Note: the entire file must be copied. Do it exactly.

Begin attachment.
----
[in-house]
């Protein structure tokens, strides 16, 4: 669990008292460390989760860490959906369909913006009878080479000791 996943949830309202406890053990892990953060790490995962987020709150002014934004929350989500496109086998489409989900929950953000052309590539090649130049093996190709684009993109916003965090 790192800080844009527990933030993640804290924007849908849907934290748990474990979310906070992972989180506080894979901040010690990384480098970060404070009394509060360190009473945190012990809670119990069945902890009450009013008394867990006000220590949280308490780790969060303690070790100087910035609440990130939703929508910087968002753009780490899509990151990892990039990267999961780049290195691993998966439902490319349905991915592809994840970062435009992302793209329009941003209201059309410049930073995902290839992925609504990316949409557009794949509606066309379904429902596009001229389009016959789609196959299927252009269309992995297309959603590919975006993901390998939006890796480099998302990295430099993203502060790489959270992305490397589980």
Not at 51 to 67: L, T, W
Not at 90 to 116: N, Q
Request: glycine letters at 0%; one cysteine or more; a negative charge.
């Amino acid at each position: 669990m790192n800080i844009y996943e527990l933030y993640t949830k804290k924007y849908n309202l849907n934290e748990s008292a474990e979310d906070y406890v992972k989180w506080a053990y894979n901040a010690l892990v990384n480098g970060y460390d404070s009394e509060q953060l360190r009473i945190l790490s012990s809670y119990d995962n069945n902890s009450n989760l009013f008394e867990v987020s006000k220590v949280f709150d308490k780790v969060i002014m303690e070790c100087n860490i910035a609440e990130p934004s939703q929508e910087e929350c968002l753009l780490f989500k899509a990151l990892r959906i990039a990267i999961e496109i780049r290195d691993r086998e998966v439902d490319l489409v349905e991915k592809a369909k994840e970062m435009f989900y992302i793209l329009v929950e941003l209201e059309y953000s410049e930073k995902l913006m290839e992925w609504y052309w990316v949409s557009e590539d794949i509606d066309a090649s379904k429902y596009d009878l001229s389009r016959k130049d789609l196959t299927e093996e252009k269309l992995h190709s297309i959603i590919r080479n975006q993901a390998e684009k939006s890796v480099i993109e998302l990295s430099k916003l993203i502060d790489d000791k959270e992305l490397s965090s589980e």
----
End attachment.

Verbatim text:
[in-house]
């Protein structure tokens, strides 16, 4: 669990008292460390989760860490959906369909913006009878080479000791 996943949830309202406890053990892990953060790490995962987020709150002014934004929350989500496109086998489409989900929950953000052309590539090649130049093996190709684009993109916003965090 790192800080844009527990933030993640804290924007849908849907934290748990474990979310906070992972989180506080894979901040010690990384480098970060404070009394509060360190009473945190012990809670119990069945902890009450009013008394867990006000220590949280308490780790969060303690070790100087910035609440990130939703929508910087968002753009780490899509990151990892990039990267999961780049290195691993998966439902490319349905991915592809994840970062435009992302793209329009941003209201059309410049930073995902290839992925609504990316949409557009794949509606066309379904429902596009001229389009016959789609196959299927252009269309992995297309959603590919975006993901390998939006890796480099998302990295430099993203502060790489959270992305490397589980």
Not at 51 to 67: L, T, W
Not at 90 to 116: N, Q
Request: glycine letters at 0%; one cysteine or more; a negative charge.
């Amino acid at each position: 669990m790192n800080i844009y996943e527990l933030y993640t949830k804290k924007y849908n309202l849907n934290e748990s008292a474990e979310d906070y406890v992972k989180w506080a053990y894979n901040a010690l892990v990384n480098g970060y460390d404070s009394e509060q953060l360190r009473i945190l790490s012990s809670y119990d995962n069945n902890s009450n989760l009013f008394e867990v987020s006000k220590v949280f709150d308490k780790v969060i002014m303690e070790c100087n860490i910035a609440e990130p934004s939703q929508e910087e929350c968002l753009l780490f989500k899509a990151l990892r959906i990039a990267i999961e496109i780049r290195d691993r086998e998966v439902d490319l489409v349905e991915k592809a369909k994840e970062m435009f989900y992302i793209l329009v929950e941003l209201e059309y953000s410049e930073k995902l913006m290839e992925w609504y052309w990316v949409s557009e590539d794949i509606d066309a090649s379904k429902y596009d009878l001229s389009r016959k130049d789609l196959t299927e093996e252009k269309l992995h190709s297309i959603i590919r080479n975006q993901a390998e684009k939006s890796v480099i993109e998302l990295s430099k916003l993203i502060d790489d000791k959270e992305l490397s965090s589980e």